By: E&P Staff
The Chicago Tribune this week began considering publishing an online evening edition, Public Editor Timothy J. McNulty said in Friday’s print edition.
“Providing an evening edition was suggested during an impromptu discussion after a Page 1 meeting,” McNulty said. “On Wednesday, 60 reporters and editors concerned about news that is destined to feel dated by morning gathered to talk about writing for the Web and updating for the newspaper.”
Last month, the rival Chicago Sun-Times launched a free “P.M. Download Edition.”
For years, both Chicago dailies published print afternoon editions, a section that was wrapped around the morning’s paper and sold to commuters. The Tribune dropped its afternoon edition in the 1980s. The Sun-Times folded its two afternoon editions last year.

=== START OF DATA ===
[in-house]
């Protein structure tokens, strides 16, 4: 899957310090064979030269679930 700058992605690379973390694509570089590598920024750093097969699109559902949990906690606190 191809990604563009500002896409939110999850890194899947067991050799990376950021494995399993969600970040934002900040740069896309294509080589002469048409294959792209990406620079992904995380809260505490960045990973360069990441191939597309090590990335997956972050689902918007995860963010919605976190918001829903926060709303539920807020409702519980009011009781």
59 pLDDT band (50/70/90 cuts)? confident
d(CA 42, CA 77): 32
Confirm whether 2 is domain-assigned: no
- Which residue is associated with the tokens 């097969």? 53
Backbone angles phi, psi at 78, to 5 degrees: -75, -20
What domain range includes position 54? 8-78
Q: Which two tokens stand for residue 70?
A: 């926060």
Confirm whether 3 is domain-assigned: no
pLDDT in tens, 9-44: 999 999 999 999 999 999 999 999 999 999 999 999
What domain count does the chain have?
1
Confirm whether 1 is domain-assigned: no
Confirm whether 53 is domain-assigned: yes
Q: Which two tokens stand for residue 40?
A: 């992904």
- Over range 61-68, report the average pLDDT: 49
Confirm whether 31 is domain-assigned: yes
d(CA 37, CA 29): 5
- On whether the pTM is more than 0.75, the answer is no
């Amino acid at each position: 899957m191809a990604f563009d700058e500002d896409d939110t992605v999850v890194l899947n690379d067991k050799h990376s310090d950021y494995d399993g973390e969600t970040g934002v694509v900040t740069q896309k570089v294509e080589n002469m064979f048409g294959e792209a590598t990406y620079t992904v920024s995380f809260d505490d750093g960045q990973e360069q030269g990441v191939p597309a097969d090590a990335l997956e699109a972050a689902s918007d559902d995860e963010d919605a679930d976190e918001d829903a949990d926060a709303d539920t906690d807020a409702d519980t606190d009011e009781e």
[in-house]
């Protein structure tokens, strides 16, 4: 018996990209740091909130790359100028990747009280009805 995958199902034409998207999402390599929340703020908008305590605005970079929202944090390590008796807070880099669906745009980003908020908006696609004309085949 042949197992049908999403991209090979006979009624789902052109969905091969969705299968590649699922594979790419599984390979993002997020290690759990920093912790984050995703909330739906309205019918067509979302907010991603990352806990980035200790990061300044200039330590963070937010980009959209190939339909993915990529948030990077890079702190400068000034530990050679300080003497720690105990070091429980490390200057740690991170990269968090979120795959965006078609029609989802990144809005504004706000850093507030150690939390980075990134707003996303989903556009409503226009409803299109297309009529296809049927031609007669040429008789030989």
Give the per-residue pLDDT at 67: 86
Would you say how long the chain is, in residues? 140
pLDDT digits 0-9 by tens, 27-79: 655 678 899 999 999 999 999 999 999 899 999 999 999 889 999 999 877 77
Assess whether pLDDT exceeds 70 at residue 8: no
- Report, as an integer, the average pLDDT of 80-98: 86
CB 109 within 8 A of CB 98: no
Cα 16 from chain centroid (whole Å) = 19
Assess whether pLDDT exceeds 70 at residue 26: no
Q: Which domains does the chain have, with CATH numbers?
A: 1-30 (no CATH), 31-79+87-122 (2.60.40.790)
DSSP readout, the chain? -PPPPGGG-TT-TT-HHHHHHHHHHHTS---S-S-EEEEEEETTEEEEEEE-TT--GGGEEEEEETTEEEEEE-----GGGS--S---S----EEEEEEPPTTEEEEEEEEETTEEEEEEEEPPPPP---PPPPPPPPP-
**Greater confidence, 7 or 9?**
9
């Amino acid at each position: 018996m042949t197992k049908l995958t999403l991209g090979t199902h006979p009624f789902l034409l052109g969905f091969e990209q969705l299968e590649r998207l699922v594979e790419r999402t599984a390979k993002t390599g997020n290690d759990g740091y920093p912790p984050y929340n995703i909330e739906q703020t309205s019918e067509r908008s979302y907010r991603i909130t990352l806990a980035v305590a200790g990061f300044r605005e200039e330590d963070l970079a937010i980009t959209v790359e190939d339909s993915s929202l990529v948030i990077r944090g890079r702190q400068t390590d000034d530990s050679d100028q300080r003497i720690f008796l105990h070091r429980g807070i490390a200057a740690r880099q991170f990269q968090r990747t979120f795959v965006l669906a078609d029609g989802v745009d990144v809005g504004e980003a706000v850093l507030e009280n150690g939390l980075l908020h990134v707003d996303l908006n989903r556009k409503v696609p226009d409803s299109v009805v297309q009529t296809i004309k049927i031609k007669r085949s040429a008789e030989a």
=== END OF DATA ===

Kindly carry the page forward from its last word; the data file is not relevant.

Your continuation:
McNulty suggested the Tribune edition might be different from the increasingly common newspaper online evening editions that are mostly digests of news that has broken during the day.
“Evening newspapers might even be more reflective, geared toward analysis and commentary about the day’s events or previewing tomorrow’s stories,” he wrote. “One reason to consider such a publication is that people now are absorbing news and headlines throughout the day. There may be a new appetite for something more thoughtful to read during the evening.
In discussing the Tribune’s online audience, McNulty said, without giving specific numbers, that readership of blogs by Trib reporters and columnists is three times bigger than a year ago.